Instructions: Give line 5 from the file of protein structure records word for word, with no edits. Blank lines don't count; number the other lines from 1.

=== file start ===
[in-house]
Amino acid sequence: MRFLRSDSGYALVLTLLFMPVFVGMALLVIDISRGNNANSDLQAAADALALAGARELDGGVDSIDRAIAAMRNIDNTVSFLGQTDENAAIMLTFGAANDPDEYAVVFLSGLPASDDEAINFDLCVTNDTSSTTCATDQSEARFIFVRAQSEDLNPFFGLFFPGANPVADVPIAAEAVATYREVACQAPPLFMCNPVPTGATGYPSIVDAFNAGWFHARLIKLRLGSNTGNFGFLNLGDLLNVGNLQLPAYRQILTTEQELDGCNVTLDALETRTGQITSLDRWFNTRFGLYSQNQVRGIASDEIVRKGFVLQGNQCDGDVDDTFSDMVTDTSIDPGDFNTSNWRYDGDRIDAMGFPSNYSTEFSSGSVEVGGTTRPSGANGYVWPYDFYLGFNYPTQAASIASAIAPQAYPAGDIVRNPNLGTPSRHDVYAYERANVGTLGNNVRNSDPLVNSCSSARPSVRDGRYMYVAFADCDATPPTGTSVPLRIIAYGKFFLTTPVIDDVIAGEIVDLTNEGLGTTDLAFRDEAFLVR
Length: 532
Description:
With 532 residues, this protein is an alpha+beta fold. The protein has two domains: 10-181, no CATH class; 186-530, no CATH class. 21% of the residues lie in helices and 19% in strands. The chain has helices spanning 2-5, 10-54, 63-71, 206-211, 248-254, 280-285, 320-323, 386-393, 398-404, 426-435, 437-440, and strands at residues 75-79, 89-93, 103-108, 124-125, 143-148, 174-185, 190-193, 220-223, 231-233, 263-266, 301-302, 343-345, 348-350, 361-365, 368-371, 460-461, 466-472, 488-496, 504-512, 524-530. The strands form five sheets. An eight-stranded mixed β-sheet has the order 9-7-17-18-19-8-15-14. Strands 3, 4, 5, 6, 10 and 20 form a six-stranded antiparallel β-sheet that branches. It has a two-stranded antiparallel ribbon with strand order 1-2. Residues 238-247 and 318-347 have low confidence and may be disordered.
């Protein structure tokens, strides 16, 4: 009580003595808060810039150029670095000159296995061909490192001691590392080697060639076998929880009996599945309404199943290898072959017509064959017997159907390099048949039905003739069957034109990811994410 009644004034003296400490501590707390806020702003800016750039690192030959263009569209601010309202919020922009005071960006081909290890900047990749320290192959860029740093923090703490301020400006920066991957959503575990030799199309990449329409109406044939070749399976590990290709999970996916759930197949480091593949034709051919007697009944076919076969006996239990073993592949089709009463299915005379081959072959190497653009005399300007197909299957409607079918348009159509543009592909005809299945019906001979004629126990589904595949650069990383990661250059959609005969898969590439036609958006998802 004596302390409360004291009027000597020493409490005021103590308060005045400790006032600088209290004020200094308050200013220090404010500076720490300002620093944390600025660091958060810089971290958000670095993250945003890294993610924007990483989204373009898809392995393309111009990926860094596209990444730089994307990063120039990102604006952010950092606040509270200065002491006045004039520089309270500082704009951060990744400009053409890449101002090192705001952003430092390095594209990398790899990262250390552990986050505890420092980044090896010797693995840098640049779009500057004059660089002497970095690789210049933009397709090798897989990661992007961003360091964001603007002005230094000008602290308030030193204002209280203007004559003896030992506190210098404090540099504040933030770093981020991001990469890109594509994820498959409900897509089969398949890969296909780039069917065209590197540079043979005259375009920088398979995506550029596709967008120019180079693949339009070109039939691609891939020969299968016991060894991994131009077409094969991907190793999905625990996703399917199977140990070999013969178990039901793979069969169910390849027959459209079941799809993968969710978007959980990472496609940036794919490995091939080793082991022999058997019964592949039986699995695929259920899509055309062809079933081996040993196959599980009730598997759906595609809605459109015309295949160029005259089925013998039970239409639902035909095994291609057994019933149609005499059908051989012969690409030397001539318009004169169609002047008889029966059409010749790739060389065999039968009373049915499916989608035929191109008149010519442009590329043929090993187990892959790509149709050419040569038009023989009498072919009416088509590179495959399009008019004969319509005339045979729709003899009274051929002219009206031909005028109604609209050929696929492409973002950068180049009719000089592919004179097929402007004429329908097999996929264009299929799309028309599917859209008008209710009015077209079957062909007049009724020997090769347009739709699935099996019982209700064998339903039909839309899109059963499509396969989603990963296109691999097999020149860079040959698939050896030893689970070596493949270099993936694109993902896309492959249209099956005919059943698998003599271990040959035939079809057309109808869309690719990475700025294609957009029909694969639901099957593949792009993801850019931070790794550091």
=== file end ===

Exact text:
With 532 residues, this protein is an alpha+beta fold. The protein has two domains: 10-181, no CATH class; 186-530, no CATH class. 21% of the residues lie in helices and 19% in strands. The chain has helices spanning 2-5, 10-54, 63-71, 206-211, 248-254, 280-285, 320-323, 386-393, 398-404, 426-435, 437-440, and strands at residues 75-79, 89-93, 103-108, 124-125, 143-148, 174-185, 190-193, 220-223, 231-233, 263-266, 301-302, 343-345, 348-350, 361-365, 368-371, 460-461, 466-472, 488-496, 504-512, 524-530. The strands form five sheets. An eight-stranded mixed β-sheet has the order 9-7-17-18-19-8-15-14. Strands 3, 4, 5, 6, 10 and 20 form a six-stranded antiparallel β-sheet that branches. It has a two-stranded antiparallel ribbon with strand order 1-2. Residues 238-247 and 318-347 have low confidence and may be disordered.